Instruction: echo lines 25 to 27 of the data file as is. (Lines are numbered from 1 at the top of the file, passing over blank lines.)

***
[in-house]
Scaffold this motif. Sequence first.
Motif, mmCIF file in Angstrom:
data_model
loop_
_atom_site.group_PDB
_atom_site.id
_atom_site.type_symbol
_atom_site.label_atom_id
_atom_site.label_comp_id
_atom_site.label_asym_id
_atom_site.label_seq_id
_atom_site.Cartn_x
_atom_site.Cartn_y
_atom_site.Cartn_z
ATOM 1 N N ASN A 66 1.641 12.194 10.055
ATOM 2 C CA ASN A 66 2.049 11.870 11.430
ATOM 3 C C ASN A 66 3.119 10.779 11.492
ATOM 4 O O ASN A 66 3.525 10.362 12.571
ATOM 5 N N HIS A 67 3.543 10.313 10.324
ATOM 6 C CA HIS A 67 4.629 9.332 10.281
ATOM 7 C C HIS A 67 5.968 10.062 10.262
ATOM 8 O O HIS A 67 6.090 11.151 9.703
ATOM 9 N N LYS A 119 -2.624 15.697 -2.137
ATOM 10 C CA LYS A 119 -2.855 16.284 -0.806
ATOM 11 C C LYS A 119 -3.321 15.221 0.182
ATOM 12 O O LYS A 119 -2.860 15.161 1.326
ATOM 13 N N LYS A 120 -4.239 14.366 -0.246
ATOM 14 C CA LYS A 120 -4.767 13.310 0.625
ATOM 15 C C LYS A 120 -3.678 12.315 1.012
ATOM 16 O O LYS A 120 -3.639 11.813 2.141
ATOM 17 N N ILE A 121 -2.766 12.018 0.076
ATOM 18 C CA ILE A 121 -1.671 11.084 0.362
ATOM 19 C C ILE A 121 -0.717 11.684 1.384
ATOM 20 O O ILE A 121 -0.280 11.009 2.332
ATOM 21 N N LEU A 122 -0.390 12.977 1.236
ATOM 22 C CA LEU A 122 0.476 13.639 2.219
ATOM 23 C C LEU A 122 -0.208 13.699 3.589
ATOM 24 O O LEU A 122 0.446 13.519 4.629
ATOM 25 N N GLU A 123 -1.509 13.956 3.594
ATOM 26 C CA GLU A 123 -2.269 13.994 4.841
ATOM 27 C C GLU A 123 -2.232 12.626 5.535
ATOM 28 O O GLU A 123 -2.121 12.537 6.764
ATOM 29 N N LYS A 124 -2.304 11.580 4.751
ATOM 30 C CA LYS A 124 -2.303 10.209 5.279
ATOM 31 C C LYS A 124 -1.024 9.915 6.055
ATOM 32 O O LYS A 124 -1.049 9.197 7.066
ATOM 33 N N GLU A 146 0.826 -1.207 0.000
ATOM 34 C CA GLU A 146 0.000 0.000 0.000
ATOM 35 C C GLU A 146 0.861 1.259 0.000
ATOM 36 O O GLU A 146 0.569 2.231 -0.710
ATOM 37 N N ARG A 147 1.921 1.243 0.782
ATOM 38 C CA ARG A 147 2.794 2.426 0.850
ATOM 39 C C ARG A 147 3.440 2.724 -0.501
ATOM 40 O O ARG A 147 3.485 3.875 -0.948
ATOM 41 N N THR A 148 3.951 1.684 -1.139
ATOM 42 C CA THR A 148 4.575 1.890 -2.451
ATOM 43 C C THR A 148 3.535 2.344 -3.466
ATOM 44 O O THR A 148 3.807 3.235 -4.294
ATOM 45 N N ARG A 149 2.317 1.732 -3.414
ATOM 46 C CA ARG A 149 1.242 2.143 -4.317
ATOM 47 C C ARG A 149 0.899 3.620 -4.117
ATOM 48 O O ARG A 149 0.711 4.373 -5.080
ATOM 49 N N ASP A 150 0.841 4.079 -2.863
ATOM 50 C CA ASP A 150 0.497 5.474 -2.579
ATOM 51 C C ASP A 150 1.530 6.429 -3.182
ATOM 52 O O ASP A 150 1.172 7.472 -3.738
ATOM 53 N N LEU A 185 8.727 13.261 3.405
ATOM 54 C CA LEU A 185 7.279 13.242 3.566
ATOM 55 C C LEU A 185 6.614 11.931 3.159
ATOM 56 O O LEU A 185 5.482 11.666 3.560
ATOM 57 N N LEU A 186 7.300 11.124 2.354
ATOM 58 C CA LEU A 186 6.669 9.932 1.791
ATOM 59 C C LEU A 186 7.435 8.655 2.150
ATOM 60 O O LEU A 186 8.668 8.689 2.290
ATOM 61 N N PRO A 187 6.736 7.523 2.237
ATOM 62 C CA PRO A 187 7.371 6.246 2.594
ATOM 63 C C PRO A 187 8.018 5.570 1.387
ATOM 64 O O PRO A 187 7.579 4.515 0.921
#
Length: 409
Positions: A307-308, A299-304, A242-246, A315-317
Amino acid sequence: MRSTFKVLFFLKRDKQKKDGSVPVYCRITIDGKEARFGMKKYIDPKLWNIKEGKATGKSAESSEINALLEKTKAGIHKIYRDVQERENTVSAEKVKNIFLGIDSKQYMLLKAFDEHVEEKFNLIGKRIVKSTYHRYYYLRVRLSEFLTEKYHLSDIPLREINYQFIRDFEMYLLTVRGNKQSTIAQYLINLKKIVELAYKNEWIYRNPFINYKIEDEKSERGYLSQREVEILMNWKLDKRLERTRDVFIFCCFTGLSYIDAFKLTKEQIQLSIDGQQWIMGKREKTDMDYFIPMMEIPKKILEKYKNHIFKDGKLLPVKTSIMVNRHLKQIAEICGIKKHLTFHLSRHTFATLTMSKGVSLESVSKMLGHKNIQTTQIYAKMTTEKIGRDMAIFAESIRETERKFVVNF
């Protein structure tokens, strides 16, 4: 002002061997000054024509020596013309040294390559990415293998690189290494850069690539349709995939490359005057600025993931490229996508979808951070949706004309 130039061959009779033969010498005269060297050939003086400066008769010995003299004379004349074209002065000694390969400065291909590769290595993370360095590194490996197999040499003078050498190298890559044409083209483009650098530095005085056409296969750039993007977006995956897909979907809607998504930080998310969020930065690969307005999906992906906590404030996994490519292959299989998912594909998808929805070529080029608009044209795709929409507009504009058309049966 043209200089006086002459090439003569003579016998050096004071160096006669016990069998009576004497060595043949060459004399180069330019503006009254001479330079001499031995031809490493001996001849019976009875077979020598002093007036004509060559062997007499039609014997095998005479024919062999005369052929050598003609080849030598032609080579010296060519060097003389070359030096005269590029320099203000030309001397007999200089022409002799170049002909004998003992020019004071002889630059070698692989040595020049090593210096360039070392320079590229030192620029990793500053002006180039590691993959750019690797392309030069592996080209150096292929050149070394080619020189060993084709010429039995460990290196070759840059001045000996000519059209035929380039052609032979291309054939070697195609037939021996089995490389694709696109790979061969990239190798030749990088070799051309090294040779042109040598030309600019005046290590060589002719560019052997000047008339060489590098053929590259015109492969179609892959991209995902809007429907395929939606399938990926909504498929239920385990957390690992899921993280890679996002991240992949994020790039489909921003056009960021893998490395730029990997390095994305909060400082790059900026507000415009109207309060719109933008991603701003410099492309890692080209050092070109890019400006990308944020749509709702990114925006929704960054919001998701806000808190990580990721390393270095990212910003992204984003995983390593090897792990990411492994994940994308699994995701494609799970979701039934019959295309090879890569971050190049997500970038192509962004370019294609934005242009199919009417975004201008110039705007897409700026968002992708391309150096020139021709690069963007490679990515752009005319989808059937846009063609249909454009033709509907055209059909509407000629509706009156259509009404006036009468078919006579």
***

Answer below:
ATOM 10 C CA LYS A 119 -2.855 16.284 -0.806
ATOM 11 C C LYS A 119 -3.321 15.221 0.182
ATOM 12 O O LYS A 119 -2.860 15.161 1.326